This story was published in partnership with The 19th, a nonprofit, nonpartisan newsroom reporting on gender, politics and policy.
Multiple senators are pushing for an end to the use of electric shock devices on people with disabilities, a tool that is now used by only one school in the United States, where most of the students are Black and Latino boys and men.
At Judge Rotenberg Center in Canton, Massachusetts, some students at the school wear devices at all times, while staff members monitor them for infractions. Students who engage in an undesirable behavior may receive a painful shock. Students can also be put in four-point restraint and shocked repeatedly for transgressions ranging from self-harm to failing to pick up a jacket when told.
The school, which uses an extreme form of behavior modification as its primary teaching tool, bills itself as a last resort for the most difficult and dangerous cases. Many of the students are autistic or have intellectual disabilities, but others are also admitted with psychiatric diagnoses such as bipolar disorder. Studies show that Black boys are often seen as more dangerous, older, and less innocent than white peers.
Legal battles over the use of these devices have been waged for decades. Historically, the devices have primarily been used on autistic students, but in recent years, use has expanded to people with other social and emotional disabilities.
It seemed in March 2020, though, that the fight over the use of shock devices might finally be over. The FDA banned them, saying in a news release that they caused “depression, anxiety, posttraumatic stress disorder, pain, burns, and tissue damage.”
But it was not. With the pandemic and ongoing court battles, nothing at the Judge Rotenberg Center changed. Furthermore, in July 2021, a federal appeals court overturned the decision, claiming the ban was not within the FDA’s authority. The use of punishing electric shock devices at the Judge Rotenberg Center has continued without pause.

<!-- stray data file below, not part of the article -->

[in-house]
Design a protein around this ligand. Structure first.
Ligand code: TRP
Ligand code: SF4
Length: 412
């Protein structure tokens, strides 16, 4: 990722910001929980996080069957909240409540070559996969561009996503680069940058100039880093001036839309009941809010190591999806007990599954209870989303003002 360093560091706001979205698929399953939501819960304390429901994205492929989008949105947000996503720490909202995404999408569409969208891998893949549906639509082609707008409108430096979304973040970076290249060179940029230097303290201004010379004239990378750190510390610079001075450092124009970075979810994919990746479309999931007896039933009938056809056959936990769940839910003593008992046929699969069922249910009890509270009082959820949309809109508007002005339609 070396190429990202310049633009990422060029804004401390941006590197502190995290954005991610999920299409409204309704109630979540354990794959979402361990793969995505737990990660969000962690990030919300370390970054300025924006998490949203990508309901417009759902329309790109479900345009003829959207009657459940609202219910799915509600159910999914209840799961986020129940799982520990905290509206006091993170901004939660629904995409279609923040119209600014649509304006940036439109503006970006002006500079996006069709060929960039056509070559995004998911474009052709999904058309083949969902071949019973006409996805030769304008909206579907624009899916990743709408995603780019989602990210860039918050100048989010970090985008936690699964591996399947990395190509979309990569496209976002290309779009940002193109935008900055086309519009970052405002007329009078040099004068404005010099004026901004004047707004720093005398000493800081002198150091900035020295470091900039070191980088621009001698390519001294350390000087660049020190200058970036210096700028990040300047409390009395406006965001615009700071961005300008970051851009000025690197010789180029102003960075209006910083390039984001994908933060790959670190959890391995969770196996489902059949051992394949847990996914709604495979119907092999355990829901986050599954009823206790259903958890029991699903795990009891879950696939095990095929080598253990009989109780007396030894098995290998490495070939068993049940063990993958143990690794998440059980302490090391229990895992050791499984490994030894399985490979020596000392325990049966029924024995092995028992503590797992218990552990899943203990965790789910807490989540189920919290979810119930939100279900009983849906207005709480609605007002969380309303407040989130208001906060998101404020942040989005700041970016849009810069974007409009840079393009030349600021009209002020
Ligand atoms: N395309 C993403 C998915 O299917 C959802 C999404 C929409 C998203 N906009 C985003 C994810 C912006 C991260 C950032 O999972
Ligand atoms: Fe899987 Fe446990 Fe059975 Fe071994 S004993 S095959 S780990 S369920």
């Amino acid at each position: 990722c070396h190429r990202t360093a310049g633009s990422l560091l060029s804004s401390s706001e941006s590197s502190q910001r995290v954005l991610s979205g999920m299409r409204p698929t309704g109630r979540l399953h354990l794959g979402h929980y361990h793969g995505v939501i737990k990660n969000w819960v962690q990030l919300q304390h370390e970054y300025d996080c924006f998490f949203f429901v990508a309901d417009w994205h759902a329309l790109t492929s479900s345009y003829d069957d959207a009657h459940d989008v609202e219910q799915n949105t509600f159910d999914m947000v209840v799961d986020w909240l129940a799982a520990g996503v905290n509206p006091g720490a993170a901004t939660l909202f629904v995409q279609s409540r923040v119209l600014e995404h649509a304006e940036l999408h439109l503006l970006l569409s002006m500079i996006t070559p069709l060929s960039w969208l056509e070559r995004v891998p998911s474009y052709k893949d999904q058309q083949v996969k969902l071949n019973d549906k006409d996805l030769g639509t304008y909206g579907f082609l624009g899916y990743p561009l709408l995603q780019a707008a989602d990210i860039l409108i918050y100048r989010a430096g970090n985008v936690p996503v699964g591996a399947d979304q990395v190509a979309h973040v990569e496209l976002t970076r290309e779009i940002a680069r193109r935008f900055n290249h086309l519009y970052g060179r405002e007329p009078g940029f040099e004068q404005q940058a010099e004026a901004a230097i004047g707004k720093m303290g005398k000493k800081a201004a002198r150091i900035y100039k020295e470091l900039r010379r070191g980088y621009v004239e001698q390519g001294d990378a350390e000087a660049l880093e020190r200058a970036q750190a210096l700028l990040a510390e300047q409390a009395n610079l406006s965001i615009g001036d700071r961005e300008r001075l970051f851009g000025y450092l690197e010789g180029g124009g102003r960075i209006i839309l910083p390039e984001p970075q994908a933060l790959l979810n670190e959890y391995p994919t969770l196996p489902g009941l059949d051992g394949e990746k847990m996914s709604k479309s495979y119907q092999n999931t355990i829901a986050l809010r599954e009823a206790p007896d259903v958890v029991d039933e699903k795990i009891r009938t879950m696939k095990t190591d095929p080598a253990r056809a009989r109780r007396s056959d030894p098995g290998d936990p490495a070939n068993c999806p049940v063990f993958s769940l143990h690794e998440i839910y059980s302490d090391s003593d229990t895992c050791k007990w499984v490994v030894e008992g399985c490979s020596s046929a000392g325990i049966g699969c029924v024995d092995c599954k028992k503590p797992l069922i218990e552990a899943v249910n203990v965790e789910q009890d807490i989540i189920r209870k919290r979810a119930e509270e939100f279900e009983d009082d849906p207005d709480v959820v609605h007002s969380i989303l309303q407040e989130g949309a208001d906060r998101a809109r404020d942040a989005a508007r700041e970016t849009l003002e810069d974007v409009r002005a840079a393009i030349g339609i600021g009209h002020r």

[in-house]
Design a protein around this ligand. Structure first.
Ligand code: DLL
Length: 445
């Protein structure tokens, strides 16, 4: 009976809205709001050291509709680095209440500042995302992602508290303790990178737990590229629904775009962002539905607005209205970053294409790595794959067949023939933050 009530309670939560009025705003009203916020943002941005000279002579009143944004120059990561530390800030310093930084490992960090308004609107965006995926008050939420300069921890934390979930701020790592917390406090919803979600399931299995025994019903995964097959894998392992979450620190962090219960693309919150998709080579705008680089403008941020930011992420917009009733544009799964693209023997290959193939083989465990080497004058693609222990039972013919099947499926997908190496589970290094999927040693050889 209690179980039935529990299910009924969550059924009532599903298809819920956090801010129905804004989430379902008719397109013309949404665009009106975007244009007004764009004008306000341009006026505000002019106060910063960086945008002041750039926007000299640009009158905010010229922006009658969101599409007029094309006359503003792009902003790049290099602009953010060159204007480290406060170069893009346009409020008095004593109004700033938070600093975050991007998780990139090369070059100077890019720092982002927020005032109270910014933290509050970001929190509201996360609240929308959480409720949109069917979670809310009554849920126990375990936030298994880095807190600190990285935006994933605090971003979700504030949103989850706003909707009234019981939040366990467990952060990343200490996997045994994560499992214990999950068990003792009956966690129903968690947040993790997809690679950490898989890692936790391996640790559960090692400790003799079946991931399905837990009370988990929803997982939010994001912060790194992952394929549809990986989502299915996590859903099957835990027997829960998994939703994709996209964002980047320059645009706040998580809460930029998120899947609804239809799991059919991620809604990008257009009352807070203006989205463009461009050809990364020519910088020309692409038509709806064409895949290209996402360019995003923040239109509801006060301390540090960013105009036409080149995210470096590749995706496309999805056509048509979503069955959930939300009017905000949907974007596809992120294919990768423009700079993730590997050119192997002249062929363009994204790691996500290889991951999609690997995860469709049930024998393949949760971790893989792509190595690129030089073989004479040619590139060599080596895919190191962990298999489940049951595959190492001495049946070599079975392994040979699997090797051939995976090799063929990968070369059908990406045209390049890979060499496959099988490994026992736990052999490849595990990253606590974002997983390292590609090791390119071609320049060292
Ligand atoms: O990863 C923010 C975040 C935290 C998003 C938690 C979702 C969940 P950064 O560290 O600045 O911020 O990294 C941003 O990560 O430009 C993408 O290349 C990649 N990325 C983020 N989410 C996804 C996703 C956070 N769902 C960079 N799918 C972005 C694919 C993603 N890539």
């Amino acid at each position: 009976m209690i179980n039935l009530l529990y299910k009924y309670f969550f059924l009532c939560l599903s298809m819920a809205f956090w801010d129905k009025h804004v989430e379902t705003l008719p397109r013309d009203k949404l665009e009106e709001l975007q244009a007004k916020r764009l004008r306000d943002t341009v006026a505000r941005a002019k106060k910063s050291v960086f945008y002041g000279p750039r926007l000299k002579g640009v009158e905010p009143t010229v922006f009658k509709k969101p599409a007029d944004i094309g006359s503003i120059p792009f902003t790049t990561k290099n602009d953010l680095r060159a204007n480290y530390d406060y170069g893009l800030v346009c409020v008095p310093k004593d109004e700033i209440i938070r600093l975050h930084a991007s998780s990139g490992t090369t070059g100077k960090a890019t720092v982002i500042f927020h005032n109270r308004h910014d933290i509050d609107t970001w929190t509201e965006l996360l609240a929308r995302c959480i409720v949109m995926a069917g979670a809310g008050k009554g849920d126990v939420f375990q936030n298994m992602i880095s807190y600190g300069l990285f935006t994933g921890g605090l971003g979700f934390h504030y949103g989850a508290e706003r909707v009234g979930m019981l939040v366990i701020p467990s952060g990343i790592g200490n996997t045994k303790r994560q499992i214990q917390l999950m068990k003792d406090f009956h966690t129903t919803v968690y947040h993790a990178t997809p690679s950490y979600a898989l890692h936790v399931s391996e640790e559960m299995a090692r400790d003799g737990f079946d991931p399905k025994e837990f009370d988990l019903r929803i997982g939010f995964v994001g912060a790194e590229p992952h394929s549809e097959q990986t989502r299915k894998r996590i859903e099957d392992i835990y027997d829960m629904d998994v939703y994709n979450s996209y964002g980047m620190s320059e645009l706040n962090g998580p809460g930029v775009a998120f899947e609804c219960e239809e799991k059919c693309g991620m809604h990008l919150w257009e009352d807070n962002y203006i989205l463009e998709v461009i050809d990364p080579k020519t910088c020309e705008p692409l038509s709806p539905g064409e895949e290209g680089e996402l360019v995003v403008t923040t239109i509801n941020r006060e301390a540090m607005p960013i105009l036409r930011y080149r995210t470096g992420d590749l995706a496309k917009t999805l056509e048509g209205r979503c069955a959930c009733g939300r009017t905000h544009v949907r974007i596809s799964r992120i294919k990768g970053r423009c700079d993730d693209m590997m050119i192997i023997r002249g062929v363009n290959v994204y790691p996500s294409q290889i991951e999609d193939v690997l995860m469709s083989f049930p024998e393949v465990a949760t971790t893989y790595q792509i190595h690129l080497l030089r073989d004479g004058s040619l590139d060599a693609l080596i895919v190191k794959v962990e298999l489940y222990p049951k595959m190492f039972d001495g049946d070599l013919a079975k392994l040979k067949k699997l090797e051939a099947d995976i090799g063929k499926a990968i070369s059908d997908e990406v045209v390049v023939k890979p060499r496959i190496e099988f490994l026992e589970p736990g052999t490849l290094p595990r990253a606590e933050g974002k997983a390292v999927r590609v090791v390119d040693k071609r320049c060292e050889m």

In September, the FDA quietly filed an appeal. Now, Sen. Chris Murphy of Connecticut and a handful of other Democratic senators are publicly expressing their support. In a letter shared first with The 19th, Murphy praised the FDA and Department of Justice for choosing to file another appeal.
“We appreciate your defense of the rule [banning electric shock devices] and ask that you continue to prioritize the protection of people with disabilities by ending this dangerous practice,” he wrote. Six other senators have signed on, including Sens. Maggie Hassan and Bob Casey.
In an exclusive interview with The 19th, Murphy described the use of electric shocks as “something that belongs in the dustbin of history” and something that should not “be practiced in modern medicine.” He said he is considering legislation to address the issue.
“It may be we need to weigh in definitively and give the FDA the power to regulate [shock devices] or ban them outright,” Murphy said.
Some parents of students at the Judge Rotenberg Center believe that these electric shock devices are the only way to keep their children healthy and safe. They laud painful electric shocks as an alternative to excessive psychiatric medication.
The children do not necessarily agree. Jennifer Msumba, a former student, described the experience to CBS News as “like being underground in hell.” Given the choice between medication and electric shocks, Msumba said, “I’ve been one of those people that was all drugged up on so many medicines, and I would take that any day over being shocked, because I wasn’t afraid. I was tired, but I wasn’t afraid.”
Advocates in the disability community are pleased to see support from Congress. The Autistic Self Advocacy Network is one of the advocacy groups leading the charge against the use of electric shocks on people with disabilities.
“For the autistic community this isn’t just a legal dispute about the FDA’s authority,” network executive director Julia Bascom told The 19th. “It’s a deeply personal argument about whether there is a right to torture some of the most vulnerable members of our community.”
Murphy said he doesn’t think of the electric shock devices as a disability issue, necessarily, but as part of his work to ban and restrict the use of corporal punishment overall. “These [shock] devices are unique, but at their essence … [they’re] not dissimilar from other uses of corporal punishment,” he said. In June, Murphy reintroduced legislation that would bar teachers and other school staff from physically striking any student, for example. He also recently introduced legislation to divert federal funding away from maintaining school resource officers and toward in-school mental health services.
While the letter has no legal impact, Murphy and his fellow signees wanted to make clear to the courts that the Senate and others are paying attention. “The FDA isn’t a political body. It’s a scientific body. But they still pay attention to priorities from Congress. … And it’s important to many of us that we do our part to end these draconian practices,” he said.
Disability advocates like Bascom are glad for the letter, despite its lack of teeth. “We’re glad to see that there continues to be strong support for ending the torture of disabled people via electric shock,” she told The 19th. “The disability community has been fighting to end this practice for decades, and we’re closer than ever.”